Putting together views on the economy and pricing momentum, analysts who supplied premium growth forecasts for 2013, put them in the 3-5 percent range.
Conning: Supporting a 4.6 percent forecast for net premium growth, Vice President Jerry Theodorou said the firm’s forecast was shaped by two main drivers — the economy and the insurance market.
“The second [driver] appears to be generating more uplift,” he said. “Reports of commercial insurance rates rising 4-5 percent and mid-single digit personal lines rate increases in recent months, in combination with mild economic growth” underpin the Conning forecast, he said, noting that 2013 economic growth is expected to be 2 percent, down slightly from 2.2 percent projected for 2012.
Fitch: Managing Director James Auden expects 4 percent premium growth for 2012, and roughly 3 percent in 2013.
“There are plenty of questions about the economy” — such as whether a slower growth economic recovery is sustainable and related to uncertainty surrounding tax and funding issues at the start of the year. “If we go back to a recession, we can get also back negative premium growth. While historically pretty unusual, we had three consecutive years [of declines] from 2007 through 2009, he recalled.
Auden also thinks competitive forces within the industry could mean price momentum starts fading as early as the second half of 2013, he said. “You may still see positive rate increases, but I think the increases will decline from what we’re seeing currently.”
“Workers’ compensation [pricing] has been going up 8 percent or so. I don’t think you’re going to get 8 percent on top of 8 percent. That momentum is likely to fade.”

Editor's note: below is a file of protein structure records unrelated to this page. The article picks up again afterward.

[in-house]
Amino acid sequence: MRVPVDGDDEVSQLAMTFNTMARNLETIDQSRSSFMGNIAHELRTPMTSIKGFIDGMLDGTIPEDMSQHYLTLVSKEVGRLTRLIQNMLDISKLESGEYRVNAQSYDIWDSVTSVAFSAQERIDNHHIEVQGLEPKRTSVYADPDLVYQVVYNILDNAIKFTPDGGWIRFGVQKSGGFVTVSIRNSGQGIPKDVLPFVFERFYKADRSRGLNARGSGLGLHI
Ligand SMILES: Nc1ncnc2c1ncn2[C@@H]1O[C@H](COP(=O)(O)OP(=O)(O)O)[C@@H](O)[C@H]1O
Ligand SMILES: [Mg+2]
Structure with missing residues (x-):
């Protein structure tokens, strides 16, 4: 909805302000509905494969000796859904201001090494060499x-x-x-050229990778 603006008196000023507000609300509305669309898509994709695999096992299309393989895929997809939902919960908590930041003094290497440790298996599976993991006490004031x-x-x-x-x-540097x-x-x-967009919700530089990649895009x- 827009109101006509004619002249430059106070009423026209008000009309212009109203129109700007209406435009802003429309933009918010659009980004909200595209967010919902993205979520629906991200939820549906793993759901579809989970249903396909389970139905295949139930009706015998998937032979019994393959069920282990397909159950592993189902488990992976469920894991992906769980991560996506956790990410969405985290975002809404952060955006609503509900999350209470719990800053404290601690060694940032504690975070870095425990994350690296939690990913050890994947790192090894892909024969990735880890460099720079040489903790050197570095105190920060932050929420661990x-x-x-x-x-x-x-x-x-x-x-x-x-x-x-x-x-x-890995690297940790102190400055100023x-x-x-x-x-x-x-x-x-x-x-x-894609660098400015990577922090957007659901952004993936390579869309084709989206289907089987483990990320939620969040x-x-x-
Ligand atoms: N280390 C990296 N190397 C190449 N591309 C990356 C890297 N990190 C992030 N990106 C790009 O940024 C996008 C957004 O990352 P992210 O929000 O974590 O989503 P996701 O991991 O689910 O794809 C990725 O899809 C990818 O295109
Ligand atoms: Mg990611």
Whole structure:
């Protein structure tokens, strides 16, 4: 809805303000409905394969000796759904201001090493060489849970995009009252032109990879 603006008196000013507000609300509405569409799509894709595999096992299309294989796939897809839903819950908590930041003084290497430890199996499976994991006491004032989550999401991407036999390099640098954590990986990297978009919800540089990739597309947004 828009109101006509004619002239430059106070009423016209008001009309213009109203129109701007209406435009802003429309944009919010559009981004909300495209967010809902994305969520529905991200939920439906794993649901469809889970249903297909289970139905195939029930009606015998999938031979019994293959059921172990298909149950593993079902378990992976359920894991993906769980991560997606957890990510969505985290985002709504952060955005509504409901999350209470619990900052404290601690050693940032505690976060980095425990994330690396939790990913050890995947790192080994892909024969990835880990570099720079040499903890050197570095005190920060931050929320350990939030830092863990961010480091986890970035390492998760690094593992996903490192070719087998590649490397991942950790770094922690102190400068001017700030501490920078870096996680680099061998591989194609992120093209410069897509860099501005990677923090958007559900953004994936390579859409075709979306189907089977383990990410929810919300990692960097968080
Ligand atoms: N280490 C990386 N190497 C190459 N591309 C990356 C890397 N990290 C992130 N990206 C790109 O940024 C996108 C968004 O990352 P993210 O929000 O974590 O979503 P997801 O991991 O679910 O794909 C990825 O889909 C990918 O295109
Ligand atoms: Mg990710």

Moody’s: While not providing an overall premium growth forecast, Alan Murray, senior vice president for Moody’s U.S. insurance team, said the rating agency expects pricing improvement to continue in 2013 — and “it needs to,” he added. For certain lines, especially workers’ comp, which is getting significant rate increases, the accident-year combined ratios suggest substantially more are needed to get to even breakeven, he said, referring to a Moody’s analysis that forecasts a 104 ratio for 2013.
Turning to the macro economy, he describes it as stabilizing. “While unemployment is still high compared to historical norms, it’s not on par with the most stressed European countries.”
“All things considered, we expect a sustained muted economic recovery, but that’s not going to fill the hole of rate inadequacy in certain lines of business.
Contrasting the situation today with the end of the last down cycle, Murray said the healthier financial positions will keep price increases moderate. Ten years ago, “you also had multiple years of rate deterioration in commercial lines, but then you had massive holes in the reserve adequacy and festering asbestos and environmental liabilities,” prompting sharp increases when the market turned, he said.
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